Tuesday, November 24, 2009


• Write a review on the software packages
—all 3 had excellent informative websites with Kurzweil 3000 being the most informative and user friendly.

1. INSPIRATION http://www.inspiration.com/Inspiration/Detail

Company: Founded in 1982, Inspiration Software’s focus has been developing innovative technology to support visual thinking and learning.

Software: Minimum Windows 98/2000, all other versions compatible, 50 MB fully installed, Recommended Internet & Quicktime. Price ranges with options including single user to license.

Program: According to Inspiration systems website (2009), the program is an essential visual thinking and learning tool where students can plan, research and complete projects successfully. With the integrated Diagram and Outline Views, learners create graphic organizers and expand topics into writing. With multiple learning modes, students gain and retain a better understanding of concepts and demonstrate knowledge, improving their performance across the curriculum. Winner of the “Technology & Learning” Award, 2006.

Features: Concepts maps, webs, idea maps in order to visually plan, organize, research, comprehend and communicate more effectively,

2. ICOMMUNICATOR http://www.myicommunicator.com/?action=home

Company/System: Interactive Solutions, Inc. (ISI), a subsidiary of Teltronics, Inc. since 1999. Must have working knowledge of Windows 2000 to properly use software. Expensive.

Program: iCommunicator is a software program that converts speech to text in real-time to provide persons who are deaf, hard of hearing or have hearing loss to have effective communication in authentic environments.

Features: iCommunicator promotes independent communication for persons who are deaf or hard-of-hearing and encourages increased literacy by “translating” English in real time in a number of ways: Speech to Text, Speech/Text to Video Sign-Language, Speech/Text to Computer Generated Voice.

Also adjusts to meet the needs of each user by speed changes, adjustable voice & pitch, changeable background colors, easy navigation, autosave, adjust typeface, formulate questions and statements for immediate response in class, during meetings, or personal conversations, hot keys allow 21 prepared sentences to be spoken with computer-generated voice, and microphone control.

3. KURZWEIL 3000 http://kurzweiledu.com/kurz3000.aspx

Company/System: Kurzweil Educational Systems, Inc., a Cambium Learning Technology Company, was founded in 1996, but the roots of the company extend back to 1976 and the introduction of the world's first reading system, the Kurzweil Reading Machine.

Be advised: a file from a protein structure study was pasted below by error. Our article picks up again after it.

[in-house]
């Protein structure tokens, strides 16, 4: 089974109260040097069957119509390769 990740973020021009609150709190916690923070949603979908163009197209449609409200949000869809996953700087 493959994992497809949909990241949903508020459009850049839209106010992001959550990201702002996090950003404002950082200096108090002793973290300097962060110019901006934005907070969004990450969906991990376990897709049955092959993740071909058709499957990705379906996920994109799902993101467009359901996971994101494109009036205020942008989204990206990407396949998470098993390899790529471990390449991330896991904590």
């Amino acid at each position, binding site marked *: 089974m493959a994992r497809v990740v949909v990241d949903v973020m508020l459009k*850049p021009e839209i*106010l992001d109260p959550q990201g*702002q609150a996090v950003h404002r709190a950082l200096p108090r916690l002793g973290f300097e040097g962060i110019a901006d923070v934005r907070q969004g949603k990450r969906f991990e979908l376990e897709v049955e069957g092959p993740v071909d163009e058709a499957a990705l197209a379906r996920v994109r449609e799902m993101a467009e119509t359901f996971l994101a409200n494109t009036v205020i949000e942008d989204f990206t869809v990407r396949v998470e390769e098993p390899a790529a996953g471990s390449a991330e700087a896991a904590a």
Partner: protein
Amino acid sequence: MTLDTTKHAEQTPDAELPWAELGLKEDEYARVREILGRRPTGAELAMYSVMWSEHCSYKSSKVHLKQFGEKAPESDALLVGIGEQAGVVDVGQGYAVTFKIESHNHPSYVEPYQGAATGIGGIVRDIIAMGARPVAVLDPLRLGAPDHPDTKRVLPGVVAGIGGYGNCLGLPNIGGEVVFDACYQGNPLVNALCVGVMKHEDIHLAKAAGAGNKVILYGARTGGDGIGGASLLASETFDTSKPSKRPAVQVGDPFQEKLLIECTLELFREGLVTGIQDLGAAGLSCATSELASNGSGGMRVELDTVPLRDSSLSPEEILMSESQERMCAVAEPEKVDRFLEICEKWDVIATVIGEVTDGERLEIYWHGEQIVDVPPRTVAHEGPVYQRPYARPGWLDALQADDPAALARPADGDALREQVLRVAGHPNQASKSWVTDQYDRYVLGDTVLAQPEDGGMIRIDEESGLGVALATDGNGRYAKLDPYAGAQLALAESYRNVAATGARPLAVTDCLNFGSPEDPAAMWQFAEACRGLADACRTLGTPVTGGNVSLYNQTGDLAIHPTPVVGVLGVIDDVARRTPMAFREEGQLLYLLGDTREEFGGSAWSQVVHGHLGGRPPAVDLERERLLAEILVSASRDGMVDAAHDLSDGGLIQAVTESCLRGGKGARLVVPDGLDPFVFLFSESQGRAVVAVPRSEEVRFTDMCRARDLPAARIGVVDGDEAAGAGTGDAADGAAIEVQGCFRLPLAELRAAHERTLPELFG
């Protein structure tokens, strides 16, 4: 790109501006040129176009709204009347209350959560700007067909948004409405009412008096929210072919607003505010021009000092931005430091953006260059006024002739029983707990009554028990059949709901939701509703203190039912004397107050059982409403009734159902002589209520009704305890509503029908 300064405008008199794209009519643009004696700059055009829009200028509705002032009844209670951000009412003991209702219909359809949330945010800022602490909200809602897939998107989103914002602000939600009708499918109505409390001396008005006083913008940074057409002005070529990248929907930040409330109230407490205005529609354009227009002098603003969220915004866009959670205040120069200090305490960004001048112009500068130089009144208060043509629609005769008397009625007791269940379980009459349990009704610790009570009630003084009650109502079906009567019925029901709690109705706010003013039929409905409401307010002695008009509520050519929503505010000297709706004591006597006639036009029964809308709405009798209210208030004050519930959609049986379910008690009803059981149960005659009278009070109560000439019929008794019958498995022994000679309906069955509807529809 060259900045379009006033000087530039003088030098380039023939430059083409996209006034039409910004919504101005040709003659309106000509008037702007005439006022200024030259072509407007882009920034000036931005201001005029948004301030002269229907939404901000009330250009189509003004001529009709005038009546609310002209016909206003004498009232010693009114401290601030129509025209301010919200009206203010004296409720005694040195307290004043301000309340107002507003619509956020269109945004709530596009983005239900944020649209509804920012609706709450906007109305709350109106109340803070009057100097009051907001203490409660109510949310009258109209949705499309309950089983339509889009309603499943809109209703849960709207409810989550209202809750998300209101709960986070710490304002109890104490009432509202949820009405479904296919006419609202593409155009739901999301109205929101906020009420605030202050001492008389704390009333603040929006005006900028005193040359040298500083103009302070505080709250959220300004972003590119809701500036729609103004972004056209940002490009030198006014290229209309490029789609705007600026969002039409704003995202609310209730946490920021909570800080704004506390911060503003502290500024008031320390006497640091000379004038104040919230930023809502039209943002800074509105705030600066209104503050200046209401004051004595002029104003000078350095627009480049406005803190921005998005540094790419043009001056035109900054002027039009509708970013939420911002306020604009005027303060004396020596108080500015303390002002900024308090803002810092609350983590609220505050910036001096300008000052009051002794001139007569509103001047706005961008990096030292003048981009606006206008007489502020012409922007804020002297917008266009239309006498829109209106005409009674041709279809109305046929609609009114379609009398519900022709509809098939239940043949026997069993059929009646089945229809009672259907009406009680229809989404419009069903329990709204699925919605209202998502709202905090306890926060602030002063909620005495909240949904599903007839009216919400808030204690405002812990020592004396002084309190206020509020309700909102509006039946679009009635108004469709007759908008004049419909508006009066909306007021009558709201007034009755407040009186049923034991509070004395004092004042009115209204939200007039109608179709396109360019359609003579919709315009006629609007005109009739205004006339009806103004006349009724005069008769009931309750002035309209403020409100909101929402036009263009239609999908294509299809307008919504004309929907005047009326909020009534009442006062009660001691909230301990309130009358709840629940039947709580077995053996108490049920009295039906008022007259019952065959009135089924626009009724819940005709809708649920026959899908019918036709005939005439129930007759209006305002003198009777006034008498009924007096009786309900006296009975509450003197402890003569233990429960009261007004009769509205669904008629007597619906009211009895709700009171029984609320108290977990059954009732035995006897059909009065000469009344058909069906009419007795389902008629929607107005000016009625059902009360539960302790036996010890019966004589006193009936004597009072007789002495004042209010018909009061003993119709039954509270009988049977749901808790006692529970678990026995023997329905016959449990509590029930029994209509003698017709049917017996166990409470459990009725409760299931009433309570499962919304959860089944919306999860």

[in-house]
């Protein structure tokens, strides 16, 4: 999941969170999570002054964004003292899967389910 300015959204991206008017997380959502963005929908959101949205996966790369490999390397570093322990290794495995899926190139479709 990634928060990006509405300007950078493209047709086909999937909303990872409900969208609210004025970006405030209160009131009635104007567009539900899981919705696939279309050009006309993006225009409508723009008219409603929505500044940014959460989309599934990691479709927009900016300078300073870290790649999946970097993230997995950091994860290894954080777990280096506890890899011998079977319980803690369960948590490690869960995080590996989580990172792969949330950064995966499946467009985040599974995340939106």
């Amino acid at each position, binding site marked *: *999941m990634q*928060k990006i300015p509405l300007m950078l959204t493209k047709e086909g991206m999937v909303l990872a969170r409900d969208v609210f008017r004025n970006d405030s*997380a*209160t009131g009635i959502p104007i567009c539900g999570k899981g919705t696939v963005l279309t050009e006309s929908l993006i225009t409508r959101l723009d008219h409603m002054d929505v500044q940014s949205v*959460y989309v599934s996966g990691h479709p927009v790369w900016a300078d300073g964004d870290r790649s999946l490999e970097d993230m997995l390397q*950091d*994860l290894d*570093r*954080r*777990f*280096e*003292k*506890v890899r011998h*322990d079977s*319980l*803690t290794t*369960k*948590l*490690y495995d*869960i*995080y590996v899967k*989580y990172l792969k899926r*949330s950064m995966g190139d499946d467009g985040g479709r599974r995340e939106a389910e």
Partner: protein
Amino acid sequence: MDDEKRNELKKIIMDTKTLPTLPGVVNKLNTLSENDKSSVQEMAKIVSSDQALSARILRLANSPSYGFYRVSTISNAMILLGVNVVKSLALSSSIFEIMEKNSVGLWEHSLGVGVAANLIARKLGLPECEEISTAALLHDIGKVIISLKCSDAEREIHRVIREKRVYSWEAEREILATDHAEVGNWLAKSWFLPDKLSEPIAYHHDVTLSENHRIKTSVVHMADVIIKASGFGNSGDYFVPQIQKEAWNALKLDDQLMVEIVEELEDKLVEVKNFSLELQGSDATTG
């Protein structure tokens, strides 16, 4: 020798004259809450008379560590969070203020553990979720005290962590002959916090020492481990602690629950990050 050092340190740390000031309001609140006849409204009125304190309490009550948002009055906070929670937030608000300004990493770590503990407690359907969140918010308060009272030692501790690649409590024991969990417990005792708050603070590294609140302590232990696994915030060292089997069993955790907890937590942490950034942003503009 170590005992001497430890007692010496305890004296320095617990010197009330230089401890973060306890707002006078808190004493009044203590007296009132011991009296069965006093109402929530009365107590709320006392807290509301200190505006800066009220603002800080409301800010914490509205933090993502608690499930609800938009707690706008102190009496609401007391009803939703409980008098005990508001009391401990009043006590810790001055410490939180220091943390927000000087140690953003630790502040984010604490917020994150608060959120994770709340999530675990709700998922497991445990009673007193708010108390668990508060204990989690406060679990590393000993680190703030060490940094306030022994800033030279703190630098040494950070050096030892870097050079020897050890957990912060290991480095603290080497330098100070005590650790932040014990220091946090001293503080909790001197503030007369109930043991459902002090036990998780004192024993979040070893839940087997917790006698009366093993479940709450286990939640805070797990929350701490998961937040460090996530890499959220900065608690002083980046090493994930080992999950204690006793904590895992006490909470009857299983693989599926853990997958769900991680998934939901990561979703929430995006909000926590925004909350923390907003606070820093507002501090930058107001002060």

Software: Various editions to fulfill a range of needs—Options include portable USB (no software installation—highly mobile), lab pack (1 main/5 learner stations), network (any network computer can access), license (no software stored on school network but rather through a web approach, more access for students including at home). Moderate price.

Program: According to the website (2006), Kurzweil 3000 is the comprehensive reading, writing and learning software solution for any struggling reader, including individuals with learning difficulties, such as dyslexia, attention deficit disorder or those who are English Language Learners.
Features: The system can be used in a variety of ways for various students. It provides visual & auditory feedback, highlighting text, annotations, editing, and voice notes.

• How can you implement assistive technology at your school or library?

There are many ways to implement assistive technology within a classroom or library. With just a little research and awareness, it can be done with relative ease.

First, by examining the accessibility features and utilities built right into Microsoft® Windows XP (Professional and Home versions), the computer can be made easier and more comfortable to use. http://www.microsoft.com/enable/products/windowsxp/default.aspx, For example, accessibility features and utilities such as captions, magnifiers, text to speech, alternative keyboard layout, narrator, and even an on screen keyboard to name a few can all be made available by simply just changing the default settings. Each classroom computer can be made more assistive by changing the settings (or at least being aware of them in order to be prepared—I personally was unaware of these accessibility features).

Second, through available software, teaching techniques can be modified to offer alternative means of learning. For example, by using more visuals and graphic organizer material can be presented in an alternative form. Furthermore, software that allows for practice as well as organization of the reading material will benefit ALL students.

Finally, the library should have adaptive equipment that an individual classroom would be unable to manage. Adaptive equipment that should be available would include larger keyboards, magnified screen, icommunicator, a Braille converter/ Braille embosser, stylus and participation in InfoEyes. Along with making adaptive equipment available within the library, there should be an effort to make various assistive technologies available for loan such as Braille and cassette books, playback equipment, and access to ebooks/audiobooks.

1 comment:

  1. yes, the library is usually the most cost-effective, open access place for AT